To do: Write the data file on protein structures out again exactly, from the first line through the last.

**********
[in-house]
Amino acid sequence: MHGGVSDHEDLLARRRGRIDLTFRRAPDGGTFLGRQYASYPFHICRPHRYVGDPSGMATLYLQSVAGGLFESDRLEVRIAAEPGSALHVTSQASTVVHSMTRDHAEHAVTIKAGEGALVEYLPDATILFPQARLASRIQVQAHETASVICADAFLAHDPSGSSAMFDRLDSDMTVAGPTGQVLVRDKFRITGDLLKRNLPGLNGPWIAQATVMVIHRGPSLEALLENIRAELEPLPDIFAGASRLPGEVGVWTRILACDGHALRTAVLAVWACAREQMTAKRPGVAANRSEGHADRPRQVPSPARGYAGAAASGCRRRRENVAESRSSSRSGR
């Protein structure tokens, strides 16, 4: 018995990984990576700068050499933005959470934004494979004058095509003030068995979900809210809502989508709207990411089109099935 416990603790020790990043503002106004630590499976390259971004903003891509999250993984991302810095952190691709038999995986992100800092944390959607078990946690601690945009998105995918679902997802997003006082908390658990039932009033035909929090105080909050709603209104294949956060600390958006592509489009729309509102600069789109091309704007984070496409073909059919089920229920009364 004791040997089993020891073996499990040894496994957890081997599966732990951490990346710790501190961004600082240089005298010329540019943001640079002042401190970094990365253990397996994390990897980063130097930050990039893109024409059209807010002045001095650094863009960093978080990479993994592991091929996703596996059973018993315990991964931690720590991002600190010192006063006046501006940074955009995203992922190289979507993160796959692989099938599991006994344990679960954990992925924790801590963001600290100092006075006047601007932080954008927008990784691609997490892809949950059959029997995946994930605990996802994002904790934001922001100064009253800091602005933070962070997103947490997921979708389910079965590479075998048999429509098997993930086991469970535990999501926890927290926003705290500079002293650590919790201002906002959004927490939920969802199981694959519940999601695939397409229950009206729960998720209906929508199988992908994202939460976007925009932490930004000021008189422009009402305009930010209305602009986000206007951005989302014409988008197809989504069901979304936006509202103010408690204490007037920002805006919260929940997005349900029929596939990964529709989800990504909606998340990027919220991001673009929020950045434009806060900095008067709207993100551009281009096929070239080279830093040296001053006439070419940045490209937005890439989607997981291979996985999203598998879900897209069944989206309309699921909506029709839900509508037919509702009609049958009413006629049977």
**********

[in-house]
Amino acid sequence: MHGGVSDHEDLLARRRGRIDLTFRRAPDGGTFLGRQYASYPFHICRPHRYVGDPSGMATLYLQSVAGGLFESDRLEVRIAAEPGSALHVTSQASTVVHSMTRDHAEHAVTIKAGEGALVEYLPDATILFPQARLASRIQVQAHETASVICADAFLAHDPSGSSAMFDRLDSDMTVAGPTGQVLVRDKFRITGDLLKRNLPGLNGPWIAQATVMVIHRGPSLEALLENIRAELEPLPDIFAGASRLPGEVGVWTRILACDGHALRTAVLAVWACAREQMTAKRPGVAANRSEGHADRPRQVPSPARGYAGAAASGCRRRRENVAESRSSSRSGR
């Protein structure tokens, strides 16, 4: 018995990984990576700068050499933005959470934004494979004058095509003030068995979900809210809502989508709207990411089109099935 416990603790020790990043503002106004630590499976390259971004903003891509999250993984991302810095952190691709038999995986992100800092944390959607078990946690601690945009998105995918679902997802997003006082908390658990039932009033035909929090105080909050709603209104294949956060600390958006592509489009729309509102600069789109091309704007984070496409073909059919089920229920009364 004791040997089993020891073996499990040894496994957890081997599966732990951490990346710790501190961004600082240089005298010329540019943001640079002042401190970094990365253990397996994390990897980063130097930050990039893109024409059209807010002045001095650094863009960093978080990479993994592991091929996703596996059973018993315990991964931690720590991002600190010192006063006046501006940074955009995203992922190289979507993160796959692989099938599991006994344990679960954990992925924790801590963001600290100092006075006047601007932080954008927008990784691609997490892809949950059959029997995946994930605990996802994002904790934001922001100064009253800091602005933070962070997103947490997921979708389910079965590479075998048999429509098997993930086991469970535990999501926890927290926003705290500079002293650590919790201002906002959004927490939920969802199981694959519940999601695939397409229950009206729960998720209906929508199988992908994202939460976007925009932490930004000021008189422009009402305009930010209305602009986000206007951005989302014409988008197809989504069901979304936006509202103010408690204490007037920002805006919260929940997005349900029929596939990964529709989800990504909606998340990027919220991001673009929020950045434009806060900095008067709207993100551009281009096929070239080279830093040296001053006439070419940045490209937005890439989607997981291979996985999203598998879900897209069944989206309309699921909506029709839900509508037919509702009609049958009413006629049977």